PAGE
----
Ever wanted to visit Tokyo? How about the moon?
Still too close? What about Mars? Pilot an F-15, ride on roller coasters that literally defy the law of gravity, or watch movies on a 300 foot screen. With new virtual reality (VR) technology, all of these experiences will soon become possibilities. And while virtual reality has previously been somewhat of a pipe dream still reserved to video-game developers and members of some R&D departments, 2016 will be the year when virtual reality actually becomes a reality for the average consumer. If virtual reality takes off, everything, from gaming to video entertainment to commerce, will change.
An Overnight Success 10 years In The Making
Virtual reality has been an idea in developers and people’s minds for a while. I mean, who hasn’t fantasized at least once about diving into a completely new world by “jumping into” your TV screen and becoming a part of your movie or video game’s world? Well, with VR you won’t quite be diving into the TV screen, but rather strapping it onto your head, or kind of: VR hardware mostly works through a headset and accompanying earphones and hand controllers. However, what this technology will be able to do is to is to completely submerge you in the world shown on its screen.
Now, some forms of the technology already exist. Google Cardboard, for example, is literally a cardboard cutout that folds into a headset and uses your cellphone as a screen.
It’s compatible with most Android phones, and Google is encouraging developers to release apps using the technology. Google 360 allows viewers to have a VR experience of Google Maps, and a good number of VR video games, like Insurgent VR and Zombie Shooter VR are already on the market. In a somewhat controversial move, New York Times subscribers in the US recently received a Google Cardboard cutout with their Sunday paper, as well as directions to watch a 3D VR video through the NYT website, announcing that the future of journalism will likely also involve VR. But Google Cardboard is just the beginning.
There’s at least three VR devices in the making that are due to come out in 2016, and whose VR experience promises to run laps around anything you can achieve with your phone and a cardboard cutout.
2016: The Year Of Virtual Reality
The Facebook-owned venture, Oculus Rift, probably represents the most anticipated device for VR enthusiasts. After much speculation and waiting, Facebook finally announced this summer that the X-Box-compatible headset will come out during the first quarter of 2016.
Oculus Rift will come with a pair of integrated headphones designed to maximize the VR experience, and it will come with an X-Box controller, although Oculus is also designing its own handset to be fully integrated with the technology. Oculus has also announced a partnership with Microsoft, and the two companies promise that streaming and gaming will be seamlessly available on the Rift through an X-Box or Windows 10 platform. Many think both console and PC gaming will be revolutionized by the technology.
But X-Box will not be the only gaming platform offering VR in the near future. Sony is developing its own VR headset, formerly known only as Project Morpheus, and recently revealed under the name PS VR. The headset will be compatible with Play Station, and is also due to be released in the first half of 2016. With high definition graphics, ultra-sensitive motion detectors, and integrated sound systems, the technology will likely also usher in its own set of dedicated 3D VR games.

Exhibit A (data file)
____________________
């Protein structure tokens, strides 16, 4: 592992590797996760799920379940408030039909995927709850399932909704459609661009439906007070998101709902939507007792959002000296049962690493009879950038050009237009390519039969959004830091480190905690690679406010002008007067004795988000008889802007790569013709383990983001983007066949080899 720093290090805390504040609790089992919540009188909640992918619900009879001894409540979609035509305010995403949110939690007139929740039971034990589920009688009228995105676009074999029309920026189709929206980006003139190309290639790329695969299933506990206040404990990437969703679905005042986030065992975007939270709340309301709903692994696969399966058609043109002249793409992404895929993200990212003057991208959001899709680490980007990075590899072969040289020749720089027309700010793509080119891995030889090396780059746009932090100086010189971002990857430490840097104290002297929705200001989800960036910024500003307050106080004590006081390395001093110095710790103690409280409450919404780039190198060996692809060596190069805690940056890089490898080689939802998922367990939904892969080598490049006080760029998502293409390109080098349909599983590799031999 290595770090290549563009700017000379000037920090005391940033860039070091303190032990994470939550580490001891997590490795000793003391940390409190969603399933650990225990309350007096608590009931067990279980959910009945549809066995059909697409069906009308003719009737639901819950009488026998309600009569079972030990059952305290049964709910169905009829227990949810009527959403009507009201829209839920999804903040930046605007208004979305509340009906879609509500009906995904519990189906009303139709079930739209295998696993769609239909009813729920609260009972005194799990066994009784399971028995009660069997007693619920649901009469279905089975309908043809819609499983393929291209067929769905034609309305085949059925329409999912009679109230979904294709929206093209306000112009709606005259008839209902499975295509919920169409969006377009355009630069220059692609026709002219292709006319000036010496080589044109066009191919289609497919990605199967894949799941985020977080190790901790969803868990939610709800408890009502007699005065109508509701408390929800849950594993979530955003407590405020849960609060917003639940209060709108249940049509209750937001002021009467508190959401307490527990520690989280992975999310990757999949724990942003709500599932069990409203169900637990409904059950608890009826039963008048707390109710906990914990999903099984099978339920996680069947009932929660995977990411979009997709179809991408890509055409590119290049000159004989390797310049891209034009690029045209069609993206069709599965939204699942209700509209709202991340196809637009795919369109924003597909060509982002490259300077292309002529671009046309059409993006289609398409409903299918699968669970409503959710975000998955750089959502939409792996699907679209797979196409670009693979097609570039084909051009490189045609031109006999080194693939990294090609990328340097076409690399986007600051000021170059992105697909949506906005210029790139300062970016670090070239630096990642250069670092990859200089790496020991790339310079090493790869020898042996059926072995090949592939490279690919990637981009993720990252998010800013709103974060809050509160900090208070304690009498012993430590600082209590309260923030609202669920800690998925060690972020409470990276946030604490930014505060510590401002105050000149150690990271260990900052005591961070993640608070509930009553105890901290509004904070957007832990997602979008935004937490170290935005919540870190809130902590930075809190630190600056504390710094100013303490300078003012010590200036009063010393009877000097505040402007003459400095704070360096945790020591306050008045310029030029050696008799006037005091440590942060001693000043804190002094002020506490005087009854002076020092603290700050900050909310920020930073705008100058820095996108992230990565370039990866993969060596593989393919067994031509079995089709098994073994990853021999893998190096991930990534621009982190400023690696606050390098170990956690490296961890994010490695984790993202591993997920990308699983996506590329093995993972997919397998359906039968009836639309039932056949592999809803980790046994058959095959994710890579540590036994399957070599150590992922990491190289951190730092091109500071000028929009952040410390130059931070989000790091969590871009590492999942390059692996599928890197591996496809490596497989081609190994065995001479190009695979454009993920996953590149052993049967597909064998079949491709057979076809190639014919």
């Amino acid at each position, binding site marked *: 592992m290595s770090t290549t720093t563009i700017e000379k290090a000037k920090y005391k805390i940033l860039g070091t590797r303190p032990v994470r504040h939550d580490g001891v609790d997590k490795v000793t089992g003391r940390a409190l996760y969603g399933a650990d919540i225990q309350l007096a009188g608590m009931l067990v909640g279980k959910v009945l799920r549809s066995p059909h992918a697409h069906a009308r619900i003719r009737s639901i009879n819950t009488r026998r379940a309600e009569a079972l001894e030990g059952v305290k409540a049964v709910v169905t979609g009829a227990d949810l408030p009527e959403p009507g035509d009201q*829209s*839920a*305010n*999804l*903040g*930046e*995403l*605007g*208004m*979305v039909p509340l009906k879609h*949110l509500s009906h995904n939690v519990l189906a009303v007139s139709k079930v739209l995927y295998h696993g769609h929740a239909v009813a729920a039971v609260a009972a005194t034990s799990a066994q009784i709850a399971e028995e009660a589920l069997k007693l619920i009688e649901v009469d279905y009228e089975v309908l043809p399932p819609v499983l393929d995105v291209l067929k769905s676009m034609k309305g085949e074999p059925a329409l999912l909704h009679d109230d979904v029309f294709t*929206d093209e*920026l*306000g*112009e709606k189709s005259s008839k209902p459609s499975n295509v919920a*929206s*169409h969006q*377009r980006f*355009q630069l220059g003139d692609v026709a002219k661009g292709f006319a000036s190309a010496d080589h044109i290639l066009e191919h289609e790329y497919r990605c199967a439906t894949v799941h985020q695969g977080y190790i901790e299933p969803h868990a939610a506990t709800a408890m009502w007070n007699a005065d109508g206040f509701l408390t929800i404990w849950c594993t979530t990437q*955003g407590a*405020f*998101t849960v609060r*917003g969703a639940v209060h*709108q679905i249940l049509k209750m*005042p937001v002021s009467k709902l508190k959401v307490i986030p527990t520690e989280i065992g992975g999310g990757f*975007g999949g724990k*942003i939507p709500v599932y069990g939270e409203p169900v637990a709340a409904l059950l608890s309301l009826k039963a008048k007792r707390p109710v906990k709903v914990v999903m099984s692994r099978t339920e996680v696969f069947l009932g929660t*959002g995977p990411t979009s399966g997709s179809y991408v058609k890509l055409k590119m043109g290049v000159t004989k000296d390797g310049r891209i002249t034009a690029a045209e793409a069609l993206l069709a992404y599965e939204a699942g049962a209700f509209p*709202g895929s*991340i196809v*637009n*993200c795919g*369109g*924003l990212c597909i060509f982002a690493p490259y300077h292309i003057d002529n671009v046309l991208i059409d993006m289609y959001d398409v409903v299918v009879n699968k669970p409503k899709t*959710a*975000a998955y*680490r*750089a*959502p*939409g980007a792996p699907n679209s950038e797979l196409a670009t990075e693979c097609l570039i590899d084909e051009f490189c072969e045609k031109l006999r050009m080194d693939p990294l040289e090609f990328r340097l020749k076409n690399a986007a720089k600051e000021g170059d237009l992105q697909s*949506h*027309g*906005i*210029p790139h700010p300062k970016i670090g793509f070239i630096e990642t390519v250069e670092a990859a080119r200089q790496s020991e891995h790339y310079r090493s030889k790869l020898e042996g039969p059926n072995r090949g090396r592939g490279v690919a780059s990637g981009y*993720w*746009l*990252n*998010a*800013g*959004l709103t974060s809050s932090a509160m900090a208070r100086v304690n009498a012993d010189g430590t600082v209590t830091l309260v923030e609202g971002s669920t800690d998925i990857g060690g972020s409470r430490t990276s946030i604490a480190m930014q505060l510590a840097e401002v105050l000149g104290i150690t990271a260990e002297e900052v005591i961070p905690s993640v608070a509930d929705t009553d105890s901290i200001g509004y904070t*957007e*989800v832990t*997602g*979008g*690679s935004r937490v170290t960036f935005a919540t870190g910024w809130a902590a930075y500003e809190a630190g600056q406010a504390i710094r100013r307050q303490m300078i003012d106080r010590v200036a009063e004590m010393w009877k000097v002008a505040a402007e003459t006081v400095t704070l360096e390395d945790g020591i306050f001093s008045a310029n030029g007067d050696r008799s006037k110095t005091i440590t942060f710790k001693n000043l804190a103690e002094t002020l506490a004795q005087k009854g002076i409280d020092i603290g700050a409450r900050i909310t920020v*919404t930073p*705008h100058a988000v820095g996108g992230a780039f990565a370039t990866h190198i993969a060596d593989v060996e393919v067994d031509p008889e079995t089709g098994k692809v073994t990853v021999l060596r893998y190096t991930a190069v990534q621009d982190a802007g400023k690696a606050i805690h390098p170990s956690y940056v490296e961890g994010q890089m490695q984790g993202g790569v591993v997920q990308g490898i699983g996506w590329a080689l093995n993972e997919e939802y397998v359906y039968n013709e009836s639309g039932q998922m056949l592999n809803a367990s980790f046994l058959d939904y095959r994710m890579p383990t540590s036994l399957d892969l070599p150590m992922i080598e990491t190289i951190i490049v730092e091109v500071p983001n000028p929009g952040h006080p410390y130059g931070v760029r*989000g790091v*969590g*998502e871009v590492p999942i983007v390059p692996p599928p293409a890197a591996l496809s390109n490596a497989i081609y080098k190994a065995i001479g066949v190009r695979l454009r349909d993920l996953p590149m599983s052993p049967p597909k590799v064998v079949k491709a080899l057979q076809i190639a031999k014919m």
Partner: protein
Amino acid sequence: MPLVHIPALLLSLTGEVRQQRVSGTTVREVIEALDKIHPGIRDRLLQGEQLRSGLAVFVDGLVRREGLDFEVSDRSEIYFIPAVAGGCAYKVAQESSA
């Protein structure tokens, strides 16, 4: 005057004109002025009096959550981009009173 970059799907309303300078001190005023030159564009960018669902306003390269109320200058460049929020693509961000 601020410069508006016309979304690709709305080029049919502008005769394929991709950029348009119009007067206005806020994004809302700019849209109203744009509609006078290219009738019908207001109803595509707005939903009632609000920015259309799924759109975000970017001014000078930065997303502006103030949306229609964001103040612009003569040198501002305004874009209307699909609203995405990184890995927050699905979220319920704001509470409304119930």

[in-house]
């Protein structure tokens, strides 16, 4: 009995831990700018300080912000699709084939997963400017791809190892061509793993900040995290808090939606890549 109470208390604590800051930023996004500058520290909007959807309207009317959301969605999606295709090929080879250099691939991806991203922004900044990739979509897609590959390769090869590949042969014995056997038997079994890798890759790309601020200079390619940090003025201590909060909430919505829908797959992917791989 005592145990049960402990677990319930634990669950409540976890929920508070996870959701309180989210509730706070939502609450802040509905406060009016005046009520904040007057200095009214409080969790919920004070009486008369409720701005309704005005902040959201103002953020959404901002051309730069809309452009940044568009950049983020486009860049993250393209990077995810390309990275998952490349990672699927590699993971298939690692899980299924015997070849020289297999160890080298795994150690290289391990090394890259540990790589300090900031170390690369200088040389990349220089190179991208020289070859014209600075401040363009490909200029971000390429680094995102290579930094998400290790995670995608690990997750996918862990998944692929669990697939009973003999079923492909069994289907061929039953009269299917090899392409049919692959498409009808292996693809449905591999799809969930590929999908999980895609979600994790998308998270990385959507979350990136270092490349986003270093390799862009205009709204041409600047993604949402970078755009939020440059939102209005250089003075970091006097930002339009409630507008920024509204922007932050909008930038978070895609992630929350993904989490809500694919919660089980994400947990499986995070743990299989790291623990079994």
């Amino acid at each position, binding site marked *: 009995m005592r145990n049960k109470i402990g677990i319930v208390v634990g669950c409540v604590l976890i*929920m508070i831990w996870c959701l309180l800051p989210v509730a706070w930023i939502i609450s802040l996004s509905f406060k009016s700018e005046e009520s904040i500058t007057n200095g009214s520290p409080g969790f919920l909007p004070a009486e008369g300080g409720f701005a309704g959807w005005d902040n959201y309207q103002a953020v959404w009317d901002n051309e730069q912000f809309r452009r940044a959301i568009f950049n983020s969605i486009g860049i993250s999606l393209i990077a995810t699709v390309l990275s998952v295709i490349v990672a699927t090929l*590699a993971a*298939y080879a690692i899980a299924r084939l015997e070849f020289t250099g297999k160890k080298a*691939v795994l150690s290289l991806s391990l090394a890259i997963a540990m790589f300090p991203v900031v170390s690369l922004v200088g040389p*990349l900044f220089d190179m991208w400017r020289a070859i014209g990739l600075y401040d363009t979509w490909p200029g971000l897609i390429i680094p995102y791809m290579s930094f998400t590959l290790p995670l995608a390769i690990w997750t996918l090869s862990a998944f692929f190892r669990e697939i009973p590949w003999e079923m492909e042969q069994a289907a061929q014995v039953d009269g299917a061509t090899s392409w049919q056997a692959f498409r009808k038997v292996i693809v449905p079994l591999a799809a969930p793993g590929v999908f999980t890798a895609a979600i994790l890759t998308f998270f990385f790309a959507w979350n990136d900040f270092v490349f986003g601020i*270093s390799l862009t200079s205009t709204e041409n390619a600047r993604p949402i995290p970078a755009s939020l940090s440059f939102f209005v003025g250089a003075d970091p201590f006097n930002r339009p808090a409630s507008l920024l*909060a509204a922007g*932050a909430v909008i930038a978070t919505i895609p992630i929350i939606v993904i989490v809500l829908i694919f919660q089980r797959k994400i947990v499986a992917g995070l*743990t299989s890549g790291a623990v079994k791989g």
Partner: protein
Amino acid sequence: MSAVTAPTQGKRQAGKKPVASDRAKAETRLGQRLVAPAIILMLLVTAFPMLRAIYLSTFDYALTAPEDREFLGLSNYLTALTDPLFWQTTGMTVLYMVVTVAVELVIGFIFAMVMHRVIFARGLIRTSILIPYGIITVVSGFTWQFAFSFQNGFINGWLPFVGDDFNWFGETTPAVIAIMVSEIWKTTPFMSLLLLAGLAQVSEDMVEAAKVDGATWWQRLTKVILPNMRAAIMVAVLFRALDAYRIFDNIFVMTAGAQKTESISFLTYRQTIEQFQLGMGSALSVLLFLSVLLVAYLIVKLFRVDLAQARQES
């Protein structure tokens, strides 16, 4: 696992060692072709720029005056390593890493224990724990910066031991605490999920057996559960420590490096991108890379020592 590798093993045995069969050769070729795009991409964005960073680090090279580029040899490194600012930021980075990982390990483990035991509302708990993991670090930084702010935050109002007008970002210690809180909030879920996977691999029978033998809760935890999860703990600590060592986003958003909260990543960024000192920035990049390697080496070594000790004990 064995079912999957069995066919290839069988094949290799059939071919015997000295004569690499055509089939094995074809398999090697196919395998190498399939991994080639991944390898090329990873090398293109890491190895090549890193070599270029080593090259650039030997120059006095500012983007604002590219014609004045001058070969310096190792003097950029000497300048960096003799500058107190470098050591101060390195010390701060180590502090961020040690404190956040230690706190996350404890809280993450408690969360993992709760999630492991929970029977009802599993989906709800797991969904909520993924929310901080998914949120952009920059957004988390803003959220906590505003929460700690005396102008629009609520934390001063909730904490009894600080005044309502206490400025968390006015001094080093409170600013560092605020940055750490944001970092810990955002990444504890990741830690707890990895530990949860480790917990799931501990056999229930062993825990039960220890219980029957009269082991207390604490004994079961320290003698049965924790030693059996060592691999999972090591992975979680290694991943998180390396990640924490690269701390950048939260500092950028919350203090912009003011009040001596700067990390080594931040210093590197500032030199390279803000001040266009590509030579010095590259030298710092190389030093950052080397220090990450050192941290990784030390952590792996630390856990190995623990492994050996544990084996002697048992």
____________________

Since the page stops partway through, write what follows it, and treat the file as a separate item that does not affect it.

A third VR headset due to come out really soon is HTC’s Vive. According to some sources, HTC Vive may come out as early as this December, although it will probably won’t be widely available until early 2016. Built with a gyrosensor and accelerometer, the HTC-Vibe differs from the Oculus Rift in that it uses laser sensors to track your motion instead of a camera on the headset. It also will come with its own wireless hand controllers.
Although VR will inevitably face some challenges next year, not least of which is its high projected price, the fact is that important changes are coming for VR. With three high-power headsets developed by leaders in the industry coming to the market early next year, there is sure to be a boom of new dedicated applications, from gaming to 3D movies. And who’s to say that only entertainment will be reached by the virtual reality revolution?
The possible applications are truly diverse: As alternate universes become available inside the world of a VR headset, the travel industry may be profoundly changed, offering voyages to distant parts of the world by just downloading an application – you’ll be there much faster than if you take a 20 hour flight to New Delhi, say. And the best part of it all is that there’s no jet-lag. In a completely different field, NPR has reported how nuclear scientists use virtual reality technology to train for emergency scenarios that would be difficult or impossible to reproduce otherwise.
The future is here
To give just one more example, real estate developers might soon be using VR technology to make tours easier and more efficient. As the technology improves, so too will its applications. Uses of VR are endless and easy to imagine: education in virtual environments, defense training, engineering virtual factories, healthcare, communications, you name it. All that’s really missing is for the technology to be widely available, and that’s just around the corner.
How do you think the world will change after the advent of virtual reality?